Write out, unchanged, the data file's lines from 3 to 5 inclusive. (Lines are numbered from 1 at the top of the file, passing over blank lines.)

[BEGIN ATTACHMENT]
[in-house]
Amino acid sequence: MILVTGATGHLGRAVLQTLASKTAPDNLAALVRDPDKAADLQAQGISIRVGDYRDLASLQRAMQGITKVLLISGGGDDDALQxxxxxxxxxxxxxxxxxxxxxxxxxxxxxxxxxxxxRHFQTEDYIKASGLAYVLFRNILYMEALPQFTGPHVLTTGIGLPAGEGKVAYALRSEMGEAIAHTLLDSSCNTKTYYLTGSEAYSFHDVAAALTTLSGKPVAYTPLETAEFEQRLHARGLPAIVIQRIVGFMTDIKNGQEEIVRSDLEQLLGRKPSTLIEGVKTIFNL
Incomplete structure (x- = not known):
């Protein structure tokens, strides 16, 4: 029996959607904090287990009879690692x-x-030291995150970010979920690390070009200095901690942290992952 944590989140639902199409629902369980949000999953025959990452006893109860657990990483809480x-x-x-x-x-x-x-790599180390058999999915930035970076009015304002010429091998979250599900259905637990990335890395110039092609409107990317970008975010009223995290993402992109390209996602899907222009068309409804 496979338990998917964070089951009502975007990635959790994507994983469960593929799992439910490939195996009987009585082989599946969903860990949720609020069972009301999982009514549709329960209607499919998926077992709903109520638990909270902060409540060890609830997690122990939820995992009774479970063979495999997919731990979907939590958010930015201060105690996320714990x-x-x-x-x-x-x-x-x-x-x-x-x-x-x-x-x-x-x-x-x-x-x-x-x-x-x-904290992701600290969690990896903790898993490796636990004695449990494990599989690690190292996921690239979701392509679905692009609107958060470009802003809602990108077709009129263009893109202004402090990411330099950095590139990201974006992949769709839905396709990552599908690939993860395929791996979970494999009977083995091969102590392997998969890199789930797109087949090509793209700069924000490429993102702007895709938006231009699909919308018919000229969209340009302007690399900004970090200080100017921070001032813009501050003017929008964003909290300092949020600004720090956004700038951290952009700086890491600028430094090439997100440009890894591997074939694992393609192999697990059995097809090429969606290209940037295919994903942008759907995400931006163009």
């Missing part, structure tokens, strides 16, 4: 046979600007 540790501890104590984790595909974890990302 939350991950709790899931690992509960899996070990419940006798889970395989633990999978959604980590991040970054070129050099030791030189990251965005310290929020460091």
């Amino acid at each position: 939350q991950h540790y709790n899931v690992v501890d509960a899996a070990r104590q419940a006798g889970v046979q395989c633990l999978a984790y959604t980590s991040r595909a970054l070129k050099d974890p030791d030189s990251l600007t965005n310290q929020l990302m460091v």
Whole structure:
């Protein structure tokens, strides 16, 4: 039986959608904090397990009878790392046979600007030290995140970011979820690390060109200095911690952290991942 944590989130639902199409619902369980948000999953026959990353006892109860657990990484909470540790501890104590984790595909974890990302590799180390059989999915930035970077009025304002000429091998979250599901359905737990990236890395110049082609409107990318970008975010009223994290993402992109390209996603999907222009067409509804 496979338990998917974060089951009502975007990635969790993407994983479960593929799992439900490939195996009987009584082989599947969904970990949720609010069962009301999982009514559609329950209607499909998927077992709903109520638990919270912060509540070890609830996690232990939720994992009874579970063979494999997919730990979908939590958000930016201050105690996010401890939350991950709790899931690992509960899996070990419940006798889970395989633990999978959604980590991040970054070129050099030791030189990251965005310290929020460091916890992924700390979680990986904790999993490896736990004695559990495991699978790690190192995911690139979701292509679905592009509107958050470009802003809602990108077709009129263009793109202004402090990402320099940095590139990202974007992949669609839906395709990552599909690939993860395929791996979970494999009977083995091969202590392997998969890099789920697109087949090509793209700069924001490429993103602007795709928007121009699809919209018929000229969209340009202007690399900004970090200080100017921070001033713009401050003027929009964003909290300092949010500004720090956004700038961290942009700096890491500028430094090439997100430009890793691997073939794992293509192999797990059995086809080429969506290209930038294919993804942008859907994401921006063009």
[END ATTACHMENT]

Incomplete structure (x- = not known):
């Protein structure tokens, strides 16, 4: 029996959607904090287990009879690692x-x-030291995150970010979920690390070009200095901690942290992952 944590989140639902199409629902369980949000999953025959990452006893109860657990990483809480x-x-x-x-x-x-x-790599180390058999999915930035970076009015304002010429091998979250599900259905637990990335890395110039092609409107990317970008975010009223995290993402992109390209996602899907222009068309409804 496979338990998917964070089951009502975007990635959790994507994983469960593929799992439910490939195996009987009585082989599946969903860990949720609020069972009301999982009514549709329960209607499919998926077992709903109520638990909270902060409540060890609830997690122990939820995992009774479970063979495999997919731990979907939590958010930015201060105690996320714990x-x-x-x-x-x-x-x-x-x-x-x-x-x-x-x-x-x-x-x-x-x-x-x-x-x-x-904290992701600290969690990896903790898993490796636990004695449990494990599989690690190292996921690239979701392509679905692009609107958060470009802003809602990108077709009129263009893109202004402090990411330099950095590139990201974006992949769709839905396709990552599908690939993860395929791996979970494999009977083995091969102590392997998969890199789930797109087949090509793209700069924000490429993102702007895709938006231009699909919308018919000229969209340009302007690399900004970090200080100017921070001032813009501050003017929008964003909290300092949020600004720090956004700038951290952009700086890491600028430094090439997100440009890894591997074939694992393609192999697990059995097809090429969606290209940037295919994903942008759907995400931006163009």
């Missing part, structure tokens, strides 16, 4: 046979600007 540790501890104590984790595909974890990302 939350991950709790899931690992509960899996070990419940006798889970395989633990999978959604980590991040970054070129050099030791030189990251965005310290929020460091």